Beth Davis Johnson ’77
Upper School Principal

The next era of reporting at FCS, from the early 1940s to the late 1970s, came about as the result of the national eight-year study – a fascinating topic for another time – which encouraged schools to devise reporting systems that spoke to their particular needs and styles of evaluation. What our school came up with has to be one of the oddest and most idiosyncratic report card in education. On the one hand, categories of evaluation are broken into descriptions of particular ways a student may contribute – orally, written, concern for the community and the like. So far so good. The rest is puzzling, to say the least. What in the world does “OAUBS” stand for? Most educators think of O as Outstanding. But if an A is a top grade, why is it second? If B is a respectable grade, why is it near the bottom? Everything is in relation to the U, which is not Unsatisfactory, as it happens; it is Usual. So, A is Above Usual, B is Below Usual, and S is – wait for it – Seriously Below Usual. Seriously. This took some getting used to for this particular new teacher, and although students took it in stride, relatives were sometimes confused.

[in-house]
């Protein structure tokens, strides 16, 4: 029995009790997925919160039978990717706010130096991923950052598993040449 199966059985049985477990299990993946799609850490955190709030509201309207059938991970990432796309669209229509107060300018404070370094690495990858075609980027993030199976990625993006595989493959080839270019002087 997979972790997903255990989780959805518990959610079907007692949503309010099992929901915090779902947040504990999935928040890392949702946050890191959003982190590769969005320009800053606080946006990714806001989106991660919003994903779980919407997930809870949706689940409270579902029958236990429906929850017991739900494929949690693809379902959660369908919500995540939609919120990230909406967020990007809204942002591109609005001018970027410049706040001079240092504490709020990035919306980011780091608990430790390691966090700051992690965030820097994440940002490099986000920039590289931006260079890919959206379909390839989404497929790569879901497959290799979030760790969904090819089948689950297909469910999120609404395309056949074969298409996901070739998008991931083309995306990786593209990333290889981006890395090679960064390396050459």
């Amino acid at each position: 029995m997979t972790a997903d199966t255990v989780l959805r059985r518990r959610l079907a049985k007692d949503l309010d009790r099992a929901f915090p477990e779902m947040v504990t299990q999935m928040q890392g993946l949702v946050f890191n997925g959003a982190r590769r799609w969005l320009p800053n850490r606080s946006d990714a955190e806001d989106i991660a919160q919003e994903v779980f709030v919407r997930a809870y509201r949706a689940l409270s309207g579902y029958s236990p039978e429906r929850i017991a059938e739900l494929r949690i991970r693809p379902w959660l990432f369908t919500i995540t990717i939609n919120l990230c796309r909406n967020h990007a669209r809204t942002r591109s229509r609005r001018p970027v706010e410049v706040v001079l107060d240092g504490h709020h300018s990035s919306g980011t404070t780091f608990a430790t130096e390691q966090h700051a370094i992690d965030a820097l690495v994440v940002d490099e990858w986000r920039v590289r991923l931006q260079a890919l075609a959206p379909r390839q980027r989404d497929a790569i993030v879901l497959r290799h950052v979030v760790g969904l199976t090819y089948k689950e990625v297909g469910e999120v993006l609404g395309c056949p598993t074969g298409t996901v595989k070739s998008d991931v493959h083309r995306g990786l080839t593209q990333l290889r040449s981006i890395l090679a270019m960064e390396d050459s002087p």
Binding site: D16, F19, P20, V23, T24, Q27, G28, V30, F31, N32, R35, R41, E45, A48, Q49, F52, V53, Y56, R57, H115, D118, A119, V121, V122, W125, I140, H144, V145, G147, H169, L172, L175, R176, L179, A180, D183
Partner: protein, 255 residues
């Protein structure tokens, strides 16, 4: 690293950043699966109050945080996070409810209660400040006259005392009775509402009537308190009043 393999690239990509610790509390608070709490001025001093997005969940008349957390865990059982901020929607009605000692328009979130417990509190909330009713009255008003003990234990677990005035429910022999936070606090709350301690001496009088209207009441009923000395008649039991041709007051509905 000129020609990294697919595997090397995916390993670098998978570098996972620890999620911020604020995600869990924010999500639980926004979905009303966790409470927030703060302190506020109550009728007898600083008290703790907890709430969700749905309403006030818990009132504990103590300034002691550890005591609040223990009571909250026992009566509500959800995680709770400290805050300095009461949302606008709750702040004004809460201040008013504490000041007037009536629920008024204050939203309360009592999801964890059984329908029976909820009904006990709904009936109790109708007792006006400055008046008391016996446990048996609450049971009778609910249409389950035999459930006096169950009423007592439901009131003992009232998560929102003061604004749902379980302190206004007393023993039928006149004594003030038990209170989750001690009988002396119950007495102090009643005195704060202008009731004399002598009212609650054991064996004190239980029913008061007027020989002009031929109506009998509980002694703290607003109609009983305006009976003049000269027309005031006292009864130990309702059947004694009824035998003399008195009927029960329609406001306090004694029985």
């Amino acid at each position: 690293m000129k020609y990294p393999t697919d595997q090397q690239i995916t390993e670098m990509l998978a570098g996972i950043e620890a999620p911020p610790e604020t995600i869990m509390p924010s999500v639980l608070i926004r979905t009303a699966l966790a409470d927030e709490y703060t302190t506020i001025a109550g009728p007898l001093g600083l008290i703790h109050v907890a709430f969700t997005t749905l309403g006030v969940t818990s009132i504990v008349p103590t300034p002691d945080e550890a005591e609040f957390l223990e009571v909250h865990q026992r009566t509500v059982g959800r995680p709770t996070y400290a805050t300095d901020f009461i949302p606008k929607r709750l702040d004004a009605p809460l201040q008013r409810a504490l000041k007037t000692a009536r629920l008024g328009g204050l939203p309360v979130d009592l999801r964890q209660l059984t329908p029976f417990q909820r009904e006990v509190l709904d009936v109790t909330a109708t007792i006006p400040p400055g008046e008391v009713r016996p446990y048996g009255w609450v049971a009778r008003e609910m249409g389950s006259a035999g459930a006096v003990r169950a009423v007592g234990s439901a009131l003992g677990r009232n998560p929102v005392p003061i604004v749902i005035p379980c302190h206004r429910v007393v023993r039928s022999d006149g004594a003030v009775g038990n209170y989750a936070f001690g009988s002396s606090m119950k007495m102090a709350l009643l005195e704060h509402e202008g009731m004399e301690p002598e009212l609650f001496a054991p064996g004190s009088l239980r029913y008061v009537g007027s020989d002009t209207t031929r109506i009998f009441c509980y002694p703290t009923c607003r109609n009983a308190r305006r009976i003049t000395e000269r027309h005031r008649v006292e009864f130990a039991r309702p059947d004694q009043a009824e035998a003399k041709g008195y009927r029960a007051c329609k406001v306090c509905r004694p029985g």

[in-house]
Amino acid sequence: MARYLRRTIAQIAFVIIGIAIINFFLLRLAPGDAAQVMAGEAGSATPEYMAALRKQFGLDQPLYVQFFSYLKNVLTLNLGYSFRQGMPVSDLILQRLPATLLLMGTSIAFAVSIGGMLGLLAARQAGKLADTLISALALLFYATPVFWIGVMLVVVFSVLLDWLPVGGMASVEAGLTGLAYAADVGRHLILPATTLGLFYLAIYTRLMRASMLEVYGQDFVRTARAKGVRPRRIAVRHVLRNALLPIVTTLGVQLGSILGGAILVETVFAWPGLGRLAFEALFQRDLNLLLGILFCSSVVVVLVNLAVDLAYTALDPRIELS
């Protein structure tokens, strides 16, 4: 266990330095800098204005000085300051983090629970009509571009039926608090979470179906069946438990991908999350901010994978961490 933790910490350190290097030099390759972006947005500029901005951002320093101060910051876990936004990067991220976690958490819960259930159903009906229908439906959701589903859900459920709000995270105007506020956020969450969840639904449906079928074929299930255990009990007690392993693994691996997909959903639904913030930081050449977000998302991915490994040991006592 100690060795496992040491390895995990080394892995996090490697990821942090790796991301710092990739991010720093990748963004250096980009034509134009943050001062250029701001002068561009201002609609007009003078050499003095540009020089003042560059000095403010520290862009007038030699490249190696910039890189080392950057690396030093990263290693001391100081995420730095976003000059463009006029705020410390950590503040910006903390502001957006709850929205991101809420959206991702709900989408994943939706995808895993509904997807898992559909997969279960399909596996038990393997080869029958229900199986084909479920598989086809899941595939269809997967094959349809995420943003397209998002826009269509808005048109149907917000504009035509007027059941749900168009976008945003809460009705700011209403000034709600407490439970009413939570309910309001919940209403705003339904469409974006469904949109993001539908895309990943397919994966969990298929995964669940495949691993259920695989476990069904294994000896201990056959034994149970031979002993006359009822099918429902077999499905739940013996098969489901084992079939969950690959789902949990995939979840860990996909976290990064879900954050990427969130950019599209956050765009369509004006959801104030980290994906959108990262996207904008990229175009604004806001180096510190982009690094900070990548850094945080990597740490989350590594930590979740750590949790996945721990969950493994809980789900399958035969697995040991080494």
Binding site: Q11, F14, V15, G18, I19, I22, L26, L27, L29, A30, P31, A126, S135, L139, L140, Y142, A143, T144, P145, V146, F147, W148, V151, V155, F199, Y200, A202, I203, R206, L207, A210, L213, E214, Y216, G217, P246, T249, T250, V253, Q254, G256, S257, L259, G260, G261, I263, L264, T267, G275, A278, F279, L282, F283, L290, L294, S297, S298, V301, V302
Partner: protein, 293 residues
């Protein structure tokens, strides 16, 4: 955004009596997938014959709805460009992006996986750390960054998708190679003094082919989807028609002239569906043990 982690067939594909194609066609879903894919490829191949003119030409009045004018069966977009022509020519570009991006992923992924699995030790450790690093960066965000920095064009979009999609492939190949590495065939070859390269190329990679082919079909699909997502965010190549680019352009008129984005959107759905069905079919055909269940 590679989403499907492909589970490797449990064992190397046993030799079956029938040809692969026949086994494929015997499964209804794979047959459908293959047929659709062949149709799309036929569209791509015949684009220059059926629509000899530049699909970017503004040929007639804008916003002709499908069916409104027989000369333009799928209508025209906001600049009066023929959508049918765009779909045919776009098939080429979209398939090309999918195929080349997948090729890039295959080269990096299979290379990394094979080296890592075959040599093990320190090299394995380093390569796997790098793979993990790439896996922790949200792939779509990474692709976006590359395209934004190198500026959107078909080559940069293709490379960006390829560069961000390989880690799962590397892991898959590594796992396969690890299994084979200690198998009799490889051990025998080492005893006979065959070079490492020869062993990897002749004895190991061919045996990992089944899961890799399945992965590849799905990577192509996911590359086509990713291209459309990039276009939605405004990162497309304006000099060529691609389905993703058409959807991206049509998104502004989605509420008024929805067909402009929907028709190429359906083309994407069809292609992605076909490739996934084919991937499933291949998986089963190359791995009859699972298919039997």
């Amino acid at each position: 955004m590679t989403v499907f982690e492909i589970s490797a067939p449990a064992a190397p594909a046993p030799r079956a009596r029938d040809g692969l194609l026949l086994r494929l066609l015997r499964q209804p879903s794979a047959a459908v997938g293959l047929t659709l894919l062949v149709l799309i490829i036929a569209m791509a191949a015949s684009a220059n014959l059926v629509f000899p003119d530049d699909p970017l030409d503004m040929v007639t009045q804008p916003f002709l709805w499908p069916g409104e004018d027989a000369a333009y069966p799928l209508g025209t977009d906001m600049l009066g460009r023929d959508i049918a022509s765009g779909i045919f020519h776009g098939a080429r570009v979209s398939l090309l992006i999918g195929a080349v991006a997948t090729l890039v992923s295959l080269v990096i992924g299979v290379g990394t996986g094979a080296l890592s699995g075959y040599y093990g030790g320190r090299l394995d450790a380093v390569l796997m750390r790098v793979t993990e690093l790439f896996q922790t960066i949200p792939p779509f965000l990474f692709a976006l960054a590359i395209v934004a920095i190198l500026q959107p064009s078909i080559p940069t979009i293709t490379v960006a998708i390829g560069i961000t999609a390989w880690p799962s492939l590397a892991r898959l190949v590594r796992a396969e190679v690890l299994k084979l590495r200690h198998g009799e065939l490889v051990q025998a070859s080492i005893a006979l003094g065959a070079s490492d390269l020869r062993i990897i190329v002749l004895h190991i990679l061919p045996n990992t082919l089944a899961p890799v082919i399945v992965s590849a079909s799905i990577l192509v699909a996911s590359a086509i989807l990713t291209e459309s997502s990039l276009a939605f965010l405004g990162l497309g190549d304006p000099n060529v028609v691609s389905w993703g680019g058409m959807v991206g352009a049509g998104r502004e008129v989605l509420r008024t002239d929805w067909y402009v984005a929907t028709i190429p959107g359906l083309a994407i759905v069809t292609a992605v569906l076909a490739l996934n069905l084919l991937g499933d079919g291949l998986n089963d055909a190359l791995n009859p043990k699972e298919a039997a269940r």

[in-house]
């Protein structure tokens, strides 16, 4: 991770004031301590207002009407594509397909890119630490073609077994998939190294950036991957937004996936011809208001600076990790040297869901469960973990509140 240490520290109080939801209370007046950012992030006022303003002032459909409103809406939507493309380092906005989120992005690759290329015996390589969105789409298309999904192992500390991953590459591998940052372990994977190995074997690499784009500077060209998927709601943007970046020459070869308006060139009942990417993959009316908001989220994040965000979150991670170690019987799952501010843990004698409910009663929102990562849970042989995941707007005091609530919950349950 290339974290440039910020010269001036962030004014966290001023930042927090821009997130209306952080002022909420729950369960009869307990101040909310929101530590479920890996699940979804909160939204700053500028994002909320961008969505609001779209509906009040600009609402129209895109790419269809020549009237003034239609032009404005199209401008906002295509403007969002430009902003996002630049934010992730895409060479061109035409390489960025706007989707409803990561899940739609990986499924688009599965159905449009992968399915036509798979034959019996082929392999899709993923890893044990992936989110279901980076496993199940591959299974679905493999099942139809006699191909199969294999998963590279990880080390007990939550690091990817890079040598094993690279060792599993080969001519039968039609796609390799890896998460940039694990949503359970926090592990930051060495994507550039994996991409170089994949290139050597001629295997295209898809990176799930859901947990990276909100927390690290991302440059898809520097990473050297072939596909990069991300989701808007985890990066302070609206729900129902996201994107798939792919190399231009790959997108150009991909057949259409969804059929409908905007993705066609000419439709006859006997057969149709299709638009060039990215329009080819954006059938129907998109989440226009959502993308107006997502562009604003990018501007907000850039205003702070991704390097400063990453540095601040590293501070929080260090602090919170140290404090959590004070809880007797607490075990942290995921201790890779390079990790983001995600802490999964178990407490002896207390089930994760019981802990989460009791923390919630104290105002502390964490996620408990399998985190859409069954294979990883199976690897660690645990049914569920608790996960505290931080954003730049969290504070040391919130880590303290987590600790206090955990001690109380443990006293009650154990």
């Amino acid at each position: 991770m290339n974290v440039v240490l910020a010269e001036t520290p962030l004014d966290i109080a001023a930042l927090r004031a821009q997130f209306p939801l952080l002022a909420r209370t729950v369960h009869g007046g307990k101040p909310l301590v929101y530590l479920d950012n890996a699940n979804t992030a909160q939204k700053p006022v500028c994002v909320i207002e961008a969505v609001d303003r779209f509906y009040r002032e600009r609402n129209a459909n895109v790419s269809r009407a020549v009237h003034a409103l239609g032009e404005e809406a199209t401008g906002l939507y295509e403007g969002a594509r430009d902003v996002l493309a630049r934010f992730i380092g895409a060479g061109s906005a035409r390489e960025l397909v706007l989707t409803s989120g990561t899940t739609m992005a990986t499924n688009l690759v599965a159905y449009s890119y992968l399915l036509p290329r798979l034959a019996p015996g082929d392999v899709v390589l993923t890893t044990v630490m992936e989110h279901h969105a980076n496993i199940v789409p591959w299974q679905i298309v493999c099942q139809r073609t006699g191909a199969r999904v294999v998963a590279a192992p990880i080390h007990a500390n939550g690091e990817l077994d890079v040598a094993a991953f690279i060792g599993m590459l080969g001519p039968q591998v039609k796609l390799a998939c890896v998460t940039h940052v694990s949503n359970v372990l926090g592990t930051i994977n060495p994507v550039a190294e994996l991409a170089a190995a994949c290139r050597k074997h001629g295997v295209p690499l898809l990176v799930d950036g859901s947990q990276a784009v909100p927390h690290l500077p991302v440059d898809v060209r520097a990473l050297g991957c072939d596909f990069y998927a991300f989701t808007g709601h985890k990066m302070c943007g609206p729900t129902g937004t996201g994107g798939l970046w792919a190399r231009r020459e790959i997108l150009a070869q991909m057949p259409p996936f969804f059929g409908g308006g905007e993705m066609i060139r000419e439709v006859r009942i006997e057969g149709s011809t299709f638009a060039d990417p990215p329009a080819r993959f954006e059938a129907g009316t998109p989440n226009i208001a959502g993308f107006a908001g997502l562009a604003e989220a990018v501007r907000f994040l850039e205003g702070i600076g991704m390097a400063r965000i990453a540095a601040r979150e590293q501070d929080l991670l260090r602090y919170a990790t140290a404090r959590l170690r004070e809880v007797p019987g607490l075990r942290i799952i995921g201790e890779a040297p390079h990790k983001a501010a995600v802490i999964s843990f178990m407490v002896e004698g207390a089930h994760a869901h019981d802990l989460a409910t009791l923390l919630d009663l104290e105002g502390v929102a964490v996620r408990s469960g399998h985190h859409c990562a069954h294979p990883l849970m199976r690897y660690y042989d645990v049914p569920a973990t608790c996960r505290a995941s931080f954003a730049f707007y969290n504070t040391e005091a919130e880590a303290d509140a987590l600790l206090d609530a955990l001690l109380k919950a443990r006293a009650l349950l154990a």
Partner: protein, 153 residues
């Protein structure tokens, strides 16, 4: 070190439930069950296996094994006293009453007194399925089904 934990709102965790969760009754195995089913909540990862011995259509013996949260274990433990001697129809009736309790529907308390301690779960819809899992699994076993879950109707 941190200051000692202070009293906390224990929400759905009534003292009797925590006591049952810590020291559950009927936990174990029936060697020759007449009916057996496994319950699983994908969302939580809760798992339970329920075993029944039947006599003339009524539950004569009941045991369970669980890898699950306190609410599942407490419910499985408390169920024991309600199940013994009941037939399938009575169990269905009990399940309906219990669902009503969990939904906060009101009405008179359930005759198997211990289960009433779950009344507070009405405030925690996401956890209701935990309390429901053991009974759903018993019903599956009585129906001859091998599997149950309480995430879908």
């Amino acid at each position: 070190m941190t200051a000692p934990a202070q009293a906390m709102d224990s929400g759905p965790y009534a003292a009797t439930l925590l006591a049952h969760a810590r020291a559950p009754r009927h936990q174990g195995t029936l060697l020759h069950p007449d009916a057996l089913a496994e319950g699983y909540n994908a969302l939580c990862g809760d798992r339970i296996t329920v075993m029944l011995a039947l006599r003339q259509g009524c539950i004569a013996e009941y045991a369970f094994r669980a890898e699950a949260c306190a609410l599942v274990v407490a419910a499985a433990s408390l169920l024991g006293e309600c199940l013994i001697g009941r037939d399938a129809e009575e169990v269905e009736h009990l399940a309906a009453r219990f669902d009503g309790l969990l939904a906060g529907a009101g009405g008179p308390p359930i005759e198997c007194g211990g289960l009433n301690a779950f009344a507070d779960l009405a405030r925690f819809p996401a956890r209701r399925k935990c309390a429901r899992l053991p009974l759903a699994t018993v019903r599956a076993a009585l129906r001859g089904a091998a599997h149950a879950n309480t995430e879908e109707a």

Beth Davis Johnson ’77 (center) and classmates in a sixth grade class photo

“When I was a student,” recalled FCS Upper School Principal Beth Johnson ’77, “my aunt, a Philadelphia public school educator, promised to pay me a dollar for every A I received on my report card. When I showed her my report card, she was stunned to find out that she was paying me for O’s as she intended and A’s because she said she would. That cash windfall only lasted for one marking period. Love that OAUBS system!”